Marion Barber, Bears (4 percent): Barber appears to be filling his old role as goal line back for Chicago, vulturing a touchdown from Matt Forte against the Vikings Sunday night. He won’t receive enough touches week in and week out to start safely, but he’s a nice insurance policy in deeper leagues for Forte owners.

*Wide receivers*

Darrius Heyward-Bey, Raiders (51 percent): The much mocked and maligned Raiders No. 1 pick from the 2009 draft has put up consistently good numbers the last three weeks, and it might be time to actually pay him some attention. Then again, starting quarterback Jason Campbell’s season-ending shoulder injury and the subsequent acquisition of pick-prone Carson Palmer from the Bengals will hinder Heyward-Bey’s production.

Jacoby Jones, Texans (10 percent): Jones made up for his disappearing act a week ago, catching four balls for 72 yards and a score Sunday. His value rests on the health of Andre Johnson, who could be healthy enough to make a return against Tennessee this weekend.

Jabar Gaffney, Redskins (7 percent): Gaffney doesn’t do anything special, but he won’t throw up a goose egg, either. Gaffney has caught between 54 and 62 yards every game this season. That sounds like the perfect bye week substitute in a 12- or 14-team league.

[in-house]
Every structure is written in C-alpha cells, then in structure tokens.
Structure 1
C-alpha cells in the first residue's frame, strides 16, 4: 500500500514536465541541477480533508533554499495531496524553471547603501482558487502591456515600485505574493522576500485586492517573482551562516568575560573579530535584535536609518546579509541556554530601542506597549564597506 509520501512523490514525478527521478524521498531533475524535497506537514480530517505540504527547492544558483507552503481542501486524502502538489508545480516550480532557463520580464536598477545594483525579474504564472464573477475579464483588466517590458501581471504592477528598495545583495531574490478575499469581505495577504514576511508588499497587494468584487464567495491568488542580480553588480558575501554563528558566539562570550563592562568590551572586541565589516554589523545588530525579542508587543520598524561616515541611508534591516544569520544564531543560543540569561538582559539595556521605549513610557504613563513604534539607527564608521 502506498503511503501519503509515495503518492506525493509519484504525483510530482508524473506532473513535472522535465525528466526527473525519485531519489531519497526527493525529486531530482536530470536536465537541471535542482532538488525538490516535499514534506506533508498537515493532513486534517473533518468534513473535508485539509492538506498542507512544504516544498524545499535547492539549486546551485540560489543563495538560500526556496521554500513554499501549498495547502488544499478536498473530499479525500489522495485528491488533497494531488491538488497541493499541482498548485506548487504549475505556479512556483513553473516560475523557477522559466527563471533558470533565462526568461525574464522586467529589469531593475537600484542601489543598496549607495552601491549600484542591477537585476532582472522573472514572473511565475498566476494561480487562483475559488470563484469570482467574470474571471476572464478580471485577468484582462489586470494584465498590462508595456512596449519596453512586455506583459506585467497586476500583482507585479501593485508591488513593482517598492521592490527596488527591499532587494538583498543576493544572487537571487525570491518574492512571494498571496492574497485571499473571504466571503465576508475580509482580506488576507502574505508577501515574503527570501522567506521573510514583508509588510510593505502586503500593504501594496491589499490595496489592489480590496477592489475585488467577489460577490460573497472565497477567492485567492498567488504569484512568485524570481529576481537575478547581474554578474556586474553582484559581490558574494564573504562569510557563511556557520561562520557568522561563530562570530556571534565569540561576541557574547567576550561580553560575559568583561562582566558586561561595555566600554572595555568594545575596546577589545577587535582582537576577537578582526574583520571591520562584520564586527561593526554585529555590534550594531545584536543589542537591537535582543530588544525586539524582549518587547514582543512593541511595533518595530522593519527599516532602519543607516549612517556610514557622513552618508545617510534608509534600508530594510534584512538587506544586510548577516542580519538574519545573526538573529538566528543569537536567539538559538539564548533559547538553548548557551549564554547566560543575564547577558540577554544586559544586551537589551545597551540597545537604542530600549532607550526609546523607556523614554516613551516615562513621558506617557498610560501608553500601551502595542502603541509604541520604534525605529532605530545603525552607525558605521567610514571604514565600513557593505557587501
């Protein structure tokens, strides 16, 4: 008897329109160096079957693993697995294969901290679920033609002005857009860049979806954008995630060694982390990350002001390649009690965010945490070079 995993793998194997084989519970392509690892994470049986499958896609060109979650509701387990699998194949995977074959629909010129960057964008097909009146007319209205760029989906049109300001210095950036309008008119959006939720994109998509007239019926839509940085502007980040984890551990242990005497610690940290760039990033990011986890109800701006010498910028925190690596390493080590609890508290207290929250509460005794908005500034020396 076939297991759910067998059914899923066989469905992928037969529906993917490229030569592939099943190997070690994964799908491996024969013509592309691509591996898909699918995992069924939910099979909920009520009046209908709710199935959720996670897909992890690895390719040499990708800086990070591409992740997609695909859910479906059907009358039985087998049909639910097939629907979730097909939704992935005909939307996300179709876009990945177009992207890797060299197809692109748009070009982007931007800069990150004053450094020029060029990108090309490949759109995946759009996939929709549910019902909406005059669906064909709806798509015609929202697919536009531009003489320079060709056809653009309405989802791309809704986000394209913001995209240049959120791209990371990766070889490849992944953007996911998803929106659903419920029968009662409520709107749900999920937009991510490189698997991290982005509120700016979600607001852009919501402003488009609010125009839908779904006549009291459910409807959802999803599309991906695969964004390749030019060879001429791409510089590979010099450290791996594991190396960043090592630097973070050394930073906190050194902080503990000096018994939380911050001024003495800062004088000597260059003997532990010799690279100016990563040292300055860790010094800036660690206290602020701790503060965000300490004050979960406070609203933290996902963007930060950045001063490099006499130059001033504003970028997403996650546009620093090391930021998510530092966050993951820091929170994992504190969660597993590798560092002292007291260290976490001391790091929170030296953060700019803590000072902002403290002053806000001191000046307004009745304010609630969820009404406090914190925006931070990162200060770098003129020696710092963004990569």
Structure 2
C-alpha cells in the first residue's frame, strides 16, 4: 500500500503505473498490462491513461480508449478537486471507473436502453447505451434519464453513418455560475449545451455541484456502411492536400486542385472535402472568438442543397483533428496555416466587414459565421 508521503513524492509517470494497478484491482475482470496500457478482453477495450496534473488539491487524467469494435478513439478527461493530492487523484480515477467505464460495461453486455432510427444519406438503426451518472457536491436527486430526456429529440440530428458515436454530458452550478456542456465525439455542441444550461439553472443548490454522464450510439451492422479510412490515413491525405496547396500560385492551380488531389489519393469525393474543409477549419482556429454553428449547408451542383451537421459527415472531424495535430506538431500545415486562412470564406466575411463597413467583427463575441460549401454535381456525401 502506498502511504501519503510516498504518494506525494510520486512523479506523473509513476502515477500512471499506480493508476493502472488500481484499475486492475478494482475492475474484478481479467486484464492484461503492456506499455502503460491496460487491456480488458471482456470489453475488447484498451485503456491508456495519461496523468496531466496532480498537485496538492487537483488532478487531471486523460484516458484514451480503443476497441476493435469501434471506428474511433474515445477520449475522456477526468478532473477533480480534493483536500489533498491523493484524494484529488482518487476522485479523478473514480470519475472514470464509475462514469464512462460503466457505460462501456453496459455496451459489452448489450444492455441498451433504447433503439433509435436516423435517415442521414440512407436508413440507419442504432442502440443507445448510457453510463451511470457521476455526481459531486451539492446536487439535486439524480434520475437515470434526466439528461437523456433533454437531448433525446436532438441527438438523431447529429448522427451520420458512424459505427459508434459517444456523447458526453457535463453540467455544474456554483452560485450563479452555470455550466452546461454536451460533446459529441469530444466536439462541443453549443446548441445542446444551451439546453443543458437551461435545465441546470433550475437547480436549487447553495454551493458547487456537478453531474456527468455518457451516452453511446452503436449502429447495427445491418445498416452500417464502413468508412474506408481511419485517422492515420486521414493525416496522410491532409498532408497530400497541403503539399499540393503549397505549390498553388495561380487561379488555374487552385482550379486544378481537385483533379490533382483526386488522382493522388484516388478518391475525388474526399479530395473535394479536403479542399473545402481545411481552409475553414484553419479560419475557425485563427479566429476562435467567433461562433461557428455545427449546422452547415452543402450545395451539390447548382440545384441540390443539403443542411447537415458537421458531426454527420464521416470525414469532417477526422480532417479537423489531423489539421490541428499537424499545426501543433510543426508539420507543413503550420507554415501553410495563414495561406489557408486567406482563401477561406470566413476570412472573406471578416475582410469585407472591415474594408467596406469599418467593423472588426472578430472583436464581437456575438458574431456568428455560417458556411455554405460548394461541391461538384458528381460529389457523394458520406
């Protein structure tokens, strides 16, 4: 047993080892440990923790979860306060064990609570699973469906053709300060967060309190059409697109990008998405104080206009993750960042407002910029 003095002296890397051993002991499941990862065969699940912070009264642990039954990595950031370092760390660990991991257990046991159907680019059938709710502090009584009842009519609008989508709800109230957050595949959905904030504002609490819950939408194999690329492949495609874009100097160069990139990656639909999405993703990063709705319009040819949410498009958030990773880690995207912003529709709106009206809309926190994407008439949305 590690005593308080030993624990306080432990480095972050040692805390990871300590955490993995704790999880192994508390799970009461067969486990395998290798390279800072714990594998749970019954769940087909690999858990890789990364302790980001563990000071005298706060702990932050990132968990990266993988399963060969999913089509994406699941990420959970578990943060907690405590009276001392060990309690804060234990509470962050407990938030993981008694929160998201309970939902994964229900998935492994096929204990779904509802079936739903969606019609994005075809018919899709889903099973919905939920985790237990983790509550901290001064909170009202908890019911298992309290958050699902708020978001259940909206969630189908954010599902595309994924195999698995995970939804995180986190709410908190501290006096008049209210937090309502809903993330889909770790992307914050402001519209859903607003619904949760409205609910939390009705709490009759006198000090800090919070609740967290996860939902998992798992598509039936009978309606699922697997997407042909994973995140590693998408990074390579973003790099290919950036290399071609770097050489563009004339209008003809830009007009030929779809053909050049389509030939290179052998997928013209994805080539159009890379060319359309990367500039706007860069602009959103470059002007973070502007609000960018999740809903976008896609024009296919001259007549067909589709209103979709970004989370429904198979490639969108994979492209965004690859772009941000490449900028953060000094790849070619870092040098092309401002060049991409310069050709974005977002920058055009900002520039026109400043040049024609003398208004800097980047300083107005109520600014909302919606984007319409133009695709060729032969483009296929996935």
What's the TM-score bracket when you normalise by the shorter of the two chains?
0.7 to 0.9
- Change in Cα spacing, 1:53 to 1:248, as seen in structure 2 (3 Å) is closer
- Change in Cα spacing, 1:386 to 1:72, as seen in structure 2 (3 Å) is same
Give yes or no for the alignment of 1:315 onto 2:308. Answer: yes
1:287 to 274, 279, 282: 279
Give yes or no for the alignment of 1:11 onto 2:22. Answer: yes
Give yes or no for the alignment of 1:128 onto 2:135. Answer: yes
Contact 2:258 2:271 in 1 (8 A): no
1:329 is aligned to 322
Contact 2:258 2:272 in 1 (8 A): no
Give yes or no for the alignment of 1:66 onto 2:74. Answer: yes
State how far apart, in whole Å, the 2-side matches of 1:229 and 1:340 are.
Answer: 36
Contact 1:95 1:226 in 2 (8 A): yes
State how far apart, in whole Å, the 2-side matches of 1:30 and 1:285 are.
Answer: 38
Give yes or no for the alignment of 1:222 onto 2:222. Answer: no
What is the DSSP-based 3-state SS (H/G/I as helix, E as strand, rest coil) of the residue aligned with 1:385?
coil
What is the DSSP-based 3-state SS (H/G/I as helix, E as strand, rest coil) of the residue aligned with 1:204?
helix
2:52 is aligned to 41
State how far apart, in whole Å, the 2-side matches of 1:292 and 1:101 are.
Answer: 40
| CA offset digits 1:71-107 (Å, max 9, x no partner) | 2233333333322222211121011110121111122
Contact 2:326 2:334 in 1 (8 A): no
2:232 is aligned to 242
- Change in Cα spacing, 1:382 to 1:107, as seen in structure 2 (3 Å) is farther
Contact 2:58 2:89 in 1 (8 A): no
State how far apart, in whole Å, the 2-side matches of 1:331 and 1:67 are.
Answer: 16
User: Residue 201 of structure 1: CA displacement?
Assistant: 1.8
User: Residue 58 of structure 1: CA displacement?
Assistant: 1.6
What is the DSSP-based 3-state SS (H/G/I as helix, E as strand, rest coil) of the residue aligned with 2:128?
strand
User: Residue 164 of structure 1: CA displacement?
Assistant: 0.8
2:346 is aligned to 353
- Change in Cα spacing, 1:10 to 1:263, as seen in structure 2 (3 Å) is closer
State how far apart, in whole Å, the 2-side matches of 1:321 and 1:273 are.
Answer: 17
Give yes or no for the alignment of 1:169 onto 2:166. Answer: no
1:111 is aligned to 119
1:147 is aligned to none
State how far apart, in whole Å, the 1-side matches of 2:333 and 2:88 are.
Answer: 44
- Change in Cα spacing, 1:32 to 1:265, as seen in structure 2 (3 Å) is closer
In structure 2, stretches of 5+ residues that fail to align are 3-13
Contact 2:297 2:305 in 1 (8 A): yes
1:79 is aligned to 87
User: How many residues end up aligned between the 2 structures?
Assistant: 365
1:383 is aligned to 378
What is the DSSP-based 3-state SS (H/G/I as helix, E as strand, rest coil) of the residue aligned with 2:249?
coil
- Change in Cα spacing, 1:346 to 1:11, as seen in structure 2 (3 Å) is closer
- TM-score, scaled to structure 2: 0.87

*Tight end*

Fred Davis, Redskins (47 percent): Davis hauled in six catches for 95 yards Sunday, and with Chris Cooley’s finger injury (return unknown), Davis will continue to see increased looks in the coming weeks.


Dan Bailey, Cowboys (21 percent): It’s not often that I pay attention to free agent kickers, but Bailey is owned in only one-fifth of leagues, despite ranking in the top five in points this year. He plays on an explosive offense that plays in a dome, and the defenses coming up on Dallas’s schedule won’t strike the fear of God into you.

_Daniel is a junior in Media. Contact him for fantasy/relationship advice at [email protected] Follow him on Twitter @danielmillermc._